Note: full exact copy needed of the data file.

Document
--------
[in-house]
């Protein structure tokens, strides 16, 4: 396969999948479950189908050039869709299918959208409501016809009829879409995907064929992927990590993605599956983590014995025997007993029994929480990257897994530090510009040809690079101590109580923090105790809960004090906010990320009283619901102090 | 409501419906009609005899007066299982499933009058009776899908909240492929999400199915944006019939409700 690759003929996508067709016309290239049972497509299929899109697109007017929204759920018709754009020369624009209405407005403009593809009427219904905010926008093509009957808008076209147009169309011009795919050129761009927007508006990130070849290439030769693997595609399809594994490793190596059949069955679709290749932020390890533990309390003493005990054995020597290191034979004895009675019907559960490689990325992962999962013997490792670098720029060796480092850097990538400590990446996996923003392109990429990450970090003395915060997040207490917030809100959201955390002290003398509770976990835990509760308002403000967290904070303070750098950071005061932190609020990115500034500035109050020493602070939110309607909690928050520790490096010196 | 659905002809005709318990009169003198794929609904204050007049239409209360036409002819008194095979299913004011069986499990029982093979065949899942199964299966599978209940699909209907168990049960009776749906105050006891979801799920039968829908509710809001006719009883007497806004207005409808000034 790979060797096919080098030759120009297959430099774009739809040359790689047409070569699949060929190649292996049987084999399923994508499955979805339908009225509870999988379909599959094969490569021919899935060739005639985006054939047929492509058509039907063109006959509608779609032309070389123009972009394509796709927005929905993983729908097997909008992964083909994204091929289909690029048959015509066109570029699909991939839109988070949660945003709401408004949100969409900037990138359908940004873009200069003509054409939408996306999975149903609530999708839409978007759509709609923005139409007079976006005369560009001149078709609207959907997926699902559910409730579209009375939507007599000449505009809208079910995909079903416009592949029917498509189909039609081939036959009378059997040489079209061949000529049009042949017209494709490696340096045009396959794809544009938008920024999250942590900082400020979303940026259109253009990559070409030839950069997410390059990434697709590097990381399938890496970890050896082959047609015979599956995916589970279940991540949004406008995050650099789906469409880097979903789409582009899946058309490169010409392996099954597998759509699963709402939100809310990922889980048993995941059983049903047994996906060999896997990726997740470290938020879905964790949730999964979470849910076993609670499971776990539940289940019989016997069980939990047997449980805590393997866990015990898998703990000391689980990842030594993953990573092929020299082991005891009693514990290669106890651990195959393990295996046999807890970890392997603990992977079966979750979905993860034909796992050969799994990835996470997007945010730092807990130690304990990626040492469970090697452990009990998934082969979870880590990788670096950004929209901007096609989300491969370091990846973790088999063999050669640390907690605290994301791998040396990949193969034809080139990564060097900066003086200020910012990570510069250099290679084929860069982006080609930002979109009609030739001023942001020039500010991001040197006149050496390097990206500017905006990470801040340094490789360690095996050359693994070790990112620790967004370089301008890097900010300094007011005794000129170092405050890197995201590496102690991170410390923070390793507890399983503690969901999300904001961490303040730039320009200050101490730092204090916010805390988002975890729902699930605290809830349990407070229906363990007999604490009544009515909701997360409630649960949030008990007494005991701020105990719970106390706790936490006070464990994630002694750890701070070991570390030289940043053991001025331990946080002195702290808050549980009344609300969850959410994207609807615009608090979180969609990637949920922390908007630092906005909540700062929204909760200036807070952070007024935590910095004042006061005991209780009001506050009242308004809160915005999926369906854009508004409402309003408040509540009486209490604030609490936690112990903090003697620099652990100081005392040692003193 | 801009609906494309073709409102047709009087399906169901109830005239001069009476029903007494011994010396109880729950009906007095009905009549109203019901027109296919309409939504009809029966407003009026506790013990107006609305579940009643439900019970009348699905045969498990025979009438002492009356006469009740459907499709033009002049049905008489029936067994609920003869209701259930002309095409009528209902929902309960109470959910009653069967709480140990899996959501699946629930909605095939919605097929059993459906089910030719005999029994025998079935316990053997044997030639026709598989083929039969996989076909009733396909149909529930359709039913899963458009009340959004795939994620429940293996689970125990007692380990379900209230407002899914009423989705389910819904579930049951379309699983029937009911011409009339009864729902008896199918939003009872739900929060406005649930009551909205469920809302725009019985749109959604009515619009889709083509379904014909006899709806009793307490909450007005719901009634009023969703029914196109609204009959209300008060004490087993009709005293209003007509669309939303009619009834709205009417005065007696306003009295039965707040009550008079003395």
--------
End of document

[in-house]
């Protein structure tokens, strides 16, 4: 396969999948479950189908050039869709299918959208409501016809009829879409995907064929992927990590993605599956983590014995025997007993029994929480990257897994530090510009040809690079101590109580923090105790809960004090906010990320009283619901102090 | 409501419906009609005899007066299982499933009058009776899908909240492929999400199915944006019939409700 690759003929996508067709016309290239049972497509299929899109697109007017929204759920018709754009020369624009209405407005403009593809009427219904905010926008093509009957808008076209147009169309011009795919050129761009927007508006990130070849290439030769693997595609399809594994490793190596059949069955679709290749932020390890533990309390003493005990054995020597290191034979004895009675019907559960490689990325992962999962013997490792670098720029060796480092850097990538400590990446996996923003392109990429990450970090003395915060997040207490917030809100959201955390002290003398509770976990835990509760308002403000967290904070303070750098950071005061932190609020990115500034500035109050020493602070939110309607909690928050520790490096010196 | 659905002809005709318990009169003198794929609904204050007049239409209360036409002819008194095979299913004011069986499990029982093979065949899942199964299966599978209940699909209907168990049960009776749906105050006891979801799920039968829908509710809001006719009883007497806004207005409808000034 790979060797096919080098030759120009297959430099774009739809040359790689047409070569699949060929190649292996049987084999399923994508499955979805339908009225509870999988379909599959094969490569021919899935060739005639985006054939047929492509058509039907063109006959509608779609032309070389123009972009394509796709927005929905993983729908097997909008992964083909994204091929289909690029048959015509066109570029699909991939839109988070949660945003709401408004949100969409900037990138359908940004873009200069003509054409939408996306999975149903609530999708839409978007759509709609923005139409007079976006005369560009001149078709609207959907997926699902559910409730579209009375939507007599000449505009809208079910995909079903416009592949029917498509189909039609081939036959009378059997040489079209061949000529049009042949017209494709490696340096045009396959794809544009938008920024999250942590900082400020979303940026259109253009990559070409030839950069997410390059990434697709590097990381399938890496970890050896082959047609015979599956995916589970279940991540949004406008995050650099789906469409880097979903789409582009899946058309490169010409392996099954597998759509699963709402939100809310990922889980048993995941059983049903047994996906060999896997990726997740470290938020879905964790949730999964979470849910076993609670499971776990539940289940019989016997069980939990047997449980805590393997866990015990898998703990000391689980990842030594993953990573092929020299082991005891009693514990290669106890651990195959393990295996046999807890970890392997603990992977079966979750979905993860034909796992050969799994990835996470997007945010730092807990130690304990990626040492469970090697452990009990998934082969979870880590990788670096950004929209901007096609989300491969370091990846973790088999063999050669640390907690605290994301791998040396990949193969034809080139990564060097900066003086200020910012990570510069250099290679084929860069982006080609930002979109009609030739001023942001020039500010991001040197006149050496390097990206500017905006990470801040340094490789360690095996050359693994070790990112620790967004370089301008890097900010300094007011005794000129170092405050890197995201590496102690991170410390923070390793507890399983503690969901999300904001961490303040730039320009200050101490730092204090916010805390988002975890729902699930605290809830349990407070229906363990007999604490009544009515909701997360409630649960949030008990007494005991701020105990719970106390706790936490006070464990994630002694750890701070070991570390030289940043053991001025331990946080002195702290808050549980009344609300969850959410994207609807615009608090979180969609990637949920922390908007630092906005909540700062929204909760200036807070952070007024935590910095004042006061005991209780009001506050009242308004809160915005999926369906854009508004409402309003408040509540009486209490604030609490936690112990903090003697620099652990100081005392040692003193 | 801009609906494309073709409102047709009087399906169901109830005239001069009476029903007494011994010396109880729950009906007095009905009549109203019901027109296919309409939504009809029966407003009026506790013990107006609305579940009643439900019970009348699905045969498990025979009438002492009356006469009740459907499709033009002049049905008489029936067994609920003869209701259930002309095409009528209902929902309960109470959910009653069967709480140990899996959501699946629930909605095939919605097929059993459906089910030719005999029994025998079935316990053997044997030639026709598989083929039969996989076909009733396909149909529930359709039913899963458009009340959004795939994620429940293996689970125990007692380990379900209230407002899914009423989705389910819904579930049951379309699983029937009911011409009339009864729902008896199918939003009872739900929060406005649930009551909205469920809302725009019985749109959604009515619009889709083509379904014909006899709806009793307490909450007005719901009634009023969703029914196109609204009959209300008060004490087993009709005293209003007509669309939303009619009834709205009417005065007696306003009295039965707040009550008079003395």